'Just as in THE WILD NUMBERS...the passion which makes his main character shine, at the same time makes him a social amputee… Schogt has a great story and also knows how to build it up.' De Volkskrant
'Apart from being a novel about eating, DAALDER is also a family saga. Schogt has a good eye for the pitfalls of upbringing… The experiences of tasting Schogt also knows well now to put into words… The best passages are those in which Daalder behaves as a man with a mission. Against tastelessness, against snobbish yuppiedom.' Elsevier
Arbeiderspers NL (original publisher)
Thunders Mouth Press USA
List Verlag Germany
Material: Dutch, German and Italian and US editions (322pp in English).
Vera Samson, the 35-year-old main character in THE PHILOSOPHER’S WIFE has supported her partner Luuk van Wleuten’s ambitions for years, emotionally as well as financially. Your time will come, she would tell him, first during the difficult time studying philosophy, then during his many failed attempts to find someone to fund his research into the work of the controversial philosopher Francois Malmedy, so that Luuk could stay home working on his book in peace, whenever his depressions let him. But one day, shortly after a publisher shows interest and times are therefore finally getting better, Luuk goes off with another woman.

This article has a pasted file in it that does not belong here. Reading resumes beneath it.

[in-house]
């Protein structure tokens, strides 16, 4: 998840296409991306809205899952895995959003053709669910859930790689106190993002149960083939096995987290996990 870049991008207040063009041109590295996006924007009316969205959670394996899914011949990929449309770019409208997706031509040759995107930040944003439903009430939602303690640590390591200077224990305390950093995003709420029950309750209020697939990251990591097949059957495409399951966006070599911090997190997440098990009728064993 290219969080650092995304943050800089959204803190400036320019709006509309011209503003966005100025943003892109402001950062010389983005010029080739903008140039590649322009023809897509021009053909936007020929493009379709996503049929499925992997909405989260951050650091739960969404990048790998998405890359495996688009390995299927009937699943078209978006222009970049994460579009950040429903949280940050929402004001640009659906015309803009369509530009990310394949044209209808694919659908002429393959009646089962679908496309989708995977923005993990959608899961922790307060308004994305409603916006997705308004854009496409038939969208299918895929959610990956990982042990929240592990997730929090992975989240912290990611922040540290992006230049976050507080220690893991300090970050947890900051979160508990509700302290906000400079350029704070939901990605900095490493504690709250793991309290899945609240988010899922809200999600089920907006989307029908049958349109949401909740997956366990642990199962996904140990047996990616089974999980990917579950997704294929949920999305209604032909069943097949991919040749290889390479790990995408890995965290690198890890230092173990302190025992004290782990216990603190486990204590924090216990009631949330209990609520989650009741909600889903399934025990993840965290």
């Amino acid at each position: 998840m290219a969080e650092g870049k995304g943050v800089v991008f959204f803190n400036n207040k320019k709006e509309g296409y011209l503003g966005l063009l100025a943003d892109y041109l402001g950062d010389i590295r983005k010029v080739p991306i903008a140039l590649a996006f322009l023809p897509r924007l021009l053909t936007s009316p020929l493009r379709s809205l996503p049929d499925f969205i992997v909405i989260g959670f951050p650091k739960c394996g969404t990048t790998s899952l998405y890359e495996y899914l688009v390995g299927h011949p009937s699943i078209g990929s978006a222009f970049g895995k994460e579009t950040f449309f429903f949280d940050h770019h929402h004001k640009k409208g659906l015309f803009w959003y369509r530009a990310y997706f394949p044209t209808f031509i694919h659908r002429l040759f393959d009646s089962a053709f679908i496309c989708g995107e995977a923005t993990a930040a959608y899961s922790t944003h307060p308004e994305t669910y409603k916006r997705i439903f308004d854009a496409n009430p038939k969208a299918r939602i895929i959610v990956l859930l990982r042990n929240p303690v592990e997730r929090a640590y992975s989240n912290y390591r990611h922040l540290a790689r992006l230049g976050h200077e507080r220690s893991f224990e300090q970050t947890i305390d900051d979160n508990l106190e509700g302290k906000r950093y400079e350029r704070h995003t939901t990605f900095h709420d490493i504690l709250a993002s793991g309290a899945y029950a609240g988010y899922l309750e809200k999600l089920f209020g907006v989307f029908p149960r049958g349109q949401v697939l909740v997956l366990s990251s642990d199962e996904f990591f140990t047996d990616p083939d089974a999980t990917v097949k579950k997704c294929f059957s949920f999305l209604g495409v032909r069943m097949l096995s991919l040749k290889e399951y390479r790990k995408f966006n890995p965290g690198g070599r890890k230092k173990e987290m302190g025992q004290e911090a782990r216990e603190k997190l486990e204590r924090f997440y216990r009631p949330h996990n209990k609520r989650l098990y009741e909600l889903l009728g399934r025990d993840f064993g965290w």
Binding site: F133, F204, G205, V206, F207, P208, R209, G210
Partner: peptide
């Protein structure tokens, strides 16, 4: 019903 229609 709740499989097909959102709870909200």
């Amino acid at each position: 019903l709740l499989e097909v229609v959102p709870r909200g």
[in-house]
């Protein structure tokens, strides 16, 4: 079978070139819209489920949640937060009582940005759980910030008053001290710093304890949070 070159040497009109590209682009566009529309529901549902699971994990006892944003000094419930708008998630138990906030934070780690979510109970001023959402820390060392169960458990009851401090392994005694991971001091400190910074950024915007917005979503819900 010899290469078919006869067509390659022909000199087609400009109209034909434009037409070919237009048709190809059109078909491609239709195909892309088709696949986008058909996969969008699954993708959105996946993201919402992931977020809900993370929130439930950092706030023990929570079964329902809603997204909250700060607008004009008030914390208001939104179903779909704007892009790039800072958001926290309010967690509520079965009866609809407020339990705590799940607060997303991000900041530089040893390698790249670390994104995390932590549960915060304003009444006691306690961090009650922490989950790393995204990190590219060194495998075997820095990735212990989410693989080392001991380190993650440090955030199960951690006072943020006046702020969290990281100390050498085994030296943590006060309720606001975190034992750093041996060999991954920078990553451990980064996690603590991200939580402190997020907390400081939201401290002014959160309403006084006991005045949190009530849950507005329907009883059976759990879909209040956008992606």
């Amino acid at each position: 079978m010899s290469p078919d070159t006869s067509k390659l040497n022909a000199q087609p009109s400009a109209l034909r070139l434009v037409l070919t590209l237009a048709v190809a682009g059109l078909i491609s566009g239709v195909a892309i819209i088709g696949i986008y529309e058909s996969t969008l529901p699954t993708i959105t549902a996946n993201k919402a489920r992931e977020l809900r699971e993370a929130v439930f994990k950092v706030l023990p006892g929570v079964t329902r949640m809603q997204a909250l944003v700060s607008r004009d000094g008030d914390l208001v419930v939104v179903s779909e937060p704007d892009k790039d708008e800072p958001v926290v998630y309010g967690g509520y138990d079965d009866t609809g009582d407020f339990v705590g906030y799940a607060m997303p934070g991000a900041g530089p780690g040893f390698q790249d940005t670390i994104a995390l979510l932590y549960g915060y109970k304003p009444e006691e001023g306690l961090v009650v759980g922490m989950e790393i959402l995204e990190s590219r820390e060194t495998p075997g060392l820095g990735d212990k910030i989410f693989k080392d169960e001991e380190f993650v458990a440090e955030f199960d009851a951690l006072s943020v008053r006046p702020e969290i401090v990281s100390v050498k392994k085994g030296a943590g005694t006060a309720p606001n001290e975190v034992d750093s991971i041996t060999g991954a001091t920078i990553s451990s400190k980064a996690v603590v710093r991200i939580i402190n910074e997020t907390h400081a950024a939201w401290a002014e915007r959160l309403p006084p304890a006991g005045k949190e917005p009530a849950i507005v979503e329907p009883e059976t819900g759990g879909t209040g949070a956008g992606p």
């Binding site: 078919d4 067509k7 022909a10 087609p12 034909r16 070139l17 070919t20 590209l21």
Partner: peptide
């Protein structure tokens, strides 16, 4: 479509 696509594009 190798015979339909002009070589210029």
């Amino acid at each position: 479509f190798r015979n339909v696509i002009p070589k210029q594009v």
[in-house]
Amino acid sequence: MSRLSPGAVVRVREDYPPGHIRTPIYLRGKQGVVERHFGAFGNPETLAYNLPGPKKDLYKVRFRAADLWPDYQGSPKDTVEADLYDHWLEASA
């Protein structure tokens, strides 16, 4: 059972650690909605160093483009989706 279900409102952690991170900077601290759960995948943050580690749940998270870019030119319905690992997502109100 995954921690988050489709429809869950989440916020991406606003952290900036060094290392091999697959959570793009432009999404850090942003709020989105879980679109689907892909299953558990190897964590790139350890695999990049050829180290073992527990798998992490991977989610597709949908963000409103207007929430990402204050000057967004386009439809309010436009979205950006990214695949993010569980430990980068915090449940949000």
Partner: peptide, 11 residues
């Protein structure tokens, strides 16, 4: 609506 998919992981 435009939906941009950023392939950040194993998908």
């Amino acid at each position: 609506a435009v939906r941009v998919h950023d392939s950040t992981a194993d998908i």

After a difficult time Vera has dealt with her abandonment and picked up the thread of her life once more. Then Luuk’s book The Pain Barrier comes out, a 950-page autobiographical search for ‘intense existence’, as described by the philosopher Malmedy. When Vera reads a glowingly enthusiastic review, she is shocked to discover that she is not only mentioned by name and surname in the book, she is presented as ‘the enemy’, the opposition that every hero, according to Malmedy, needs to overcome to flourish. In the review Luuk is praised for his ‘vicious and hilarious portrait of the well-behaved, colourless Vera, who with her kind relativisms gradually grows into a devil of mediocrity’.